In this situation, who gets to decide the standard? Courts. The decisions of random judges create a legal path with many arbitrary zigs and zags as some courts are more lenient than others. It’s rare that a coherent standard emerges from such a path. With no national standard of ADA website compliance, court rulings are unpredictable. The only people that benefit in this situation are the lawyers, as this deregulated environment combined with a vague ADA law gives law firms plenty of lawsuit opportunities.

Are cities really at risk?

Yes. According to a Governing article, “Since 2011, more than 142 municipalities were sued on the basis of accessibility non-compliance. Federal lawsuits are on the rise as well, with the number of federal website accessibility lawsuits nearly tripling in 2018 compared to the year prior, to 2,258 suits. Municipalities are not only vulnerable to lawsuits from local citizens who are seeking fair access. According to many reports, serial plaintiffs are browsing the Internet, seeking violations in a variety of public and private sector industries. Recently, it has been municipalities that have become easy targets for those searching for violations and seeking injunctive relief, and even monetary damages.”

More specifically, an Orlando Sentinel article notes, “Over the past year, a flurry of lawsuits have been filed in federal courts contending that many of the public documents on government websites and businesses are not completely accessible to people who have problems seeing or hearing. Nearly 2,000 suits were filed in 2018 alleging website accessibility issues for the disabled. The lawsuits demand that websites should be equipped with software that allows the legally blind to read documents. Deaf people, or the hard of hearing, should have videos with closed-captioning of government meetings, the suits contend. For example, Daytona Beach resident Joel Price, who is legally blind, recently sent a letter to Altamonte Springs City Manager Frank Martz requesting that the city make available on its website budgets for the past four years and all City Commission agendas, along with backup material, since 2015.”

These ADA-compliant website lawsuit threats are real and could happen to your city, although most of the lawsuits have originated in New York and Florida.

What can cities do?

The best advice is still the advice we gave in 2017: be proactive and get ahead of any laws, regulations, and lawsuits. Making your website ADA-compliant is the right thing to do, regardless of how the law threatens you about it.

Here are some resources that can help you:

Also, keep in mind that your website technology alone won’t solve your compliance problems. A key ADA-compliance risk is with your content management system (CMS). Anyone who adds website content needs to be familiar with implementing accessibility guidelines. Otherwise, they may add website content that is not compliant.

Need some help and guidance around making sure your website is ADA-compliant? Reach out to us today.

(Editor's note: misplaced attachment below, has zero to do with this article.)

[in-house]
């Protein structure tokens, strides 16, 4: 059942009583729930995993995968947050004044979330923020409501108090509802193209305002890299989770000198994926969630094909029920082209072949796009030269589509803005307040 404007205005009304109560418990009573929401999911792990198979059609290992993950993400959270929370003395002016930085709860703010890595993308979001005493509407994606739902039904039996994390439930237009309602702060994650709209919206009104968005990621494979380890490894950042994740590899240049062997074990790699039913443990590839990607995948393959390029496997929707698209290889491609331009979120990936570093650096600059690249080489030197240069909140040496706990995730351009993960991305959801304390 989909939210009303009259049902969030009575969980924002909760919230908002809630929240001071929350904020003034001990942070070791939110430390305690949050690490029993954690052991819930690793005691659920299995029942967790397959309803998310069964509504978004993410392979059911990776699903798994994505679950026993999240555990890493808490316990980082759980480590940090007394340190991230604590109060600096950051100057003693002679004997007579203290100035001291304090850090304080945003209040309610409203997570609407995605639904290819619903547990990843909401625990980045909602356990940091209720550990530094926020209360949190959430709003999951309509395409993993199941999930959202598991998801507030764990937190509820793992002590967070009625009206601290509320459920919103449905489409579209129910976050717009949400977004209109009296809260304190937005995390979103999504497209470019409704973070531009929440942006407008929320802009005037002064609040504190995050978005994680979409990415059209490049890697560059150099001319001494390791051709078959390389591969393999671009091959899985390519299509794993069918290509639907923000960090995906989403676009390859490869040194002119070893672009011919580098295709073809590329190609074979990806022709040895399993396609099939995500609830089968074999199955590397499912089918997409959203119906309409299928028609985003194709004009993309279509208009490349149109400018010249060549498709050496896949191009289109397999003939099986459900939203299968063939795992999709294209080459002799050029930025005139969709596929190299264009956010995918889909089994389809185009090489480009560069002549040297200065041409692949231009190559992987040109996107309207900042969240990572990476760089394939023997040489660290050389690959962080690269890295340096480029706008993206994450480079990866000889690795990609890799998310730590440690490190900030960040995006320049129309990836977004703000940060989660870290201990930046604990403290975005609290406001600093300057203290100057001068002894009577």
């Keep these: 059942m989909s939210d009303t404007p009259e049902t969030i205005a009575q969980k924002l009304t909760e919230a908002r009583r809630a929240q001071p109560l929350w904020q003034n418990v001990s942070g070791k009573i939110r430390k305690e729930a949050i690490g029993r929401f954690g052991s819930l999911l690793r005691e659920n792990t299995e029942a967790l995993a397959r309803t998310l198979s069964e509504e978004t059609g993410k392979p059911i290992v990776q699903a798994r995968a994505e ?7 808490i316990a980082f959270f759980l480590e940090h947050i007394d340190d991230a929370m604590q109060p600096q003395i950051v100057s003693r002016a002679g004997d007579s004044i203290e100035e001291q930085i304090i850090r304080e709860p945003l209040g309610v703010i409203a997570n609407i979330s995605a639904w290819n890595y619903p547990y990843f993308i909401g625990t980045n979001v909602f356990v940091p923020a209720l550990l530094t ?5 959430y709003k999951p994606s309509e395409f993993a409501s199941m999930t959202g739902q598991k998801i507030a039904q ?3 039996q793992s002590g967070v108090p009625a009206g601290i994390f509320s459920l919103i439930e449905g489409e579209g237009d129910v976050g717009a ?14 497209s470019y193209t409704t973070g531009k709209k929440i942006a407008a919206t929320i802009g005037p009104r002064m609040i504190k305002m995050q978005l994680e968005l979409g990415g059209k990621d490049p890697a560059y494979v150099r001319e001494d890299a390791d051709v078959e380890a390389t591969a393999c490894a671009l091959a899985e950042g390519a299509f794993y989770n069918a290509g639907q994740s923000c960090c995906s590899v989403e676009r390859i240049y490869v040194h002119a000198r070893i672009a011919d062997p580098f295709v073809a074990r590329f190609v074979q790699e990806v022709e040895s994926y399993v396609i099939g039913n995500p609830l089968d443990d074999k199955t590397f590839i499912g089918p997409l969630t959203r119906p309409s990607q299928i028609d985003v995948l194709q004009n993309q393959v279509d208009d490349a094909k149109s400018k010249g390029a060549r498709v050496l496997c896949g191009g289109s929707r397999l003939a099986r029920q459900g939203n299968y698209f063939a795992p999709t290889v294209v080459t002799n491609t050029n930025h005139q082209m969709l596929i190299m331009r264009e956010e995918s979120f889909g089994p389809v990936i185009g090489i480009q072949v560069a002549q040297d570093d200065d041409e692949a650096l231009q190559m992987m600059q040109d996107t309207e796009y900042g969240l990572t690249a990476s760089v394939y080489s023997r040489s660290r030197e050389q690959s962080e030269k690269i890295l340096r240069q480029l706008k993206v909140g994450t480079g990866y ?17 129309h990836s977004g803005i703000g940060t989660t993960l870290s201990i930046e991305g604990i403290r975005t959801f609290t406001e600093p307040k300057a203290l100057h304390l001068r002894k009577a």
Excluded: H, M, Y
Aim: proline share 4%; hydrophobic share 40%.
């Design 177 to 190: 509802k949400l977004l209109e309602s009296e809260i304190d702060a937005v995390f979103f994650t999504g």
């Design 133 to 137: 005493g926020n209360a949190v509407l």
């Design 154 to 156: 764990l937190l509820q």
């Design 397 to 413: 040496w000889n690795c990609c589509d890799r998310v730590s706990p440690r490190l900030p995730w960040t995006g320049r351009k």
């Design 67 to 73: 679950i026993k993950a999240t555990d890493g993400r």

Friday, May 3, 2019
Kevin Howarth, Marketing & Communications
Monday, April 29, 2019
Kevin Howarth, Marketing & Communications

We hope to see you at the following city event this week!

2019 Alabama League of Municipalities Annual Convention
May 4 - 7, 2019
Mobile, Alabama

Friday, April 26, 2019
Kevin Howarth, Marketing & Communications
Tuesday, April 23, 2019
Cale Collins, Network Infrastructure Consultant
Cale Collins

Antivirus software is commonly used for desktop and laptop computers. You install software, always keep it running, and let it prevent viruses from executing upon your computer. However, antivirus software gets a little tricky on mobile devices.

While mobile devices still use operating systems and software applications, software runs slightly different on mobile devices than it does on desktops and laptops. Therefore, antivirus software works slightly differently on mobile devices too.

What makes this situation more confusing is that Apple and Android mobile devices are built extremely differently from each other, and that affects the antivirus approach for each type. Let’s look at the similarities and differences between each device.

Apple Mobile Devices

The myth that you often hear about Apple’s mobile devices is that they don’t get viruses. Be careful here. It’s a fool’s game to think you are 100% safe! Yes, Apple devices are a closed ecosystem—both the hardware and software—but as long as there is a connection to the internet or a means to connect to a device, you’re at risk. There is no magical way that Apple avoids viruses.

Without getting too technical, Apple constructs its devices like a heavily guarded building. Think of Apple devices like the White House. It may annoy some people that they cannot just walk into this building. However, the White House is incredibly secure. Similarly, Apple devices are heavily locked down by Apple so that they operate and work in the same way for everyone.

Because of this tight security, a few unique things occur on your Apple device:

  • Hardware manufacturers and software developers cannot mess with the iOS operating system or change it without breaking or considerably weakening the device.
  • Apps are “sandboxed” by default. This means that even if you upload a malware app (or even a legitimate security app!) to your iPhone or iPad, that malware app is prevented from accessing your city email app or banking app. All apps are walled off from interacting with other apps on your Apple device (unless you give permission).
  • You can only download apps from the Apple App Store, with no exceptions.

As a result, such tight security doesn’t mean your Apple device cannot get a virus at all. But it’s like the White House—the chance of someone allowed inside the White House who can pose a security risk is greatly lowered.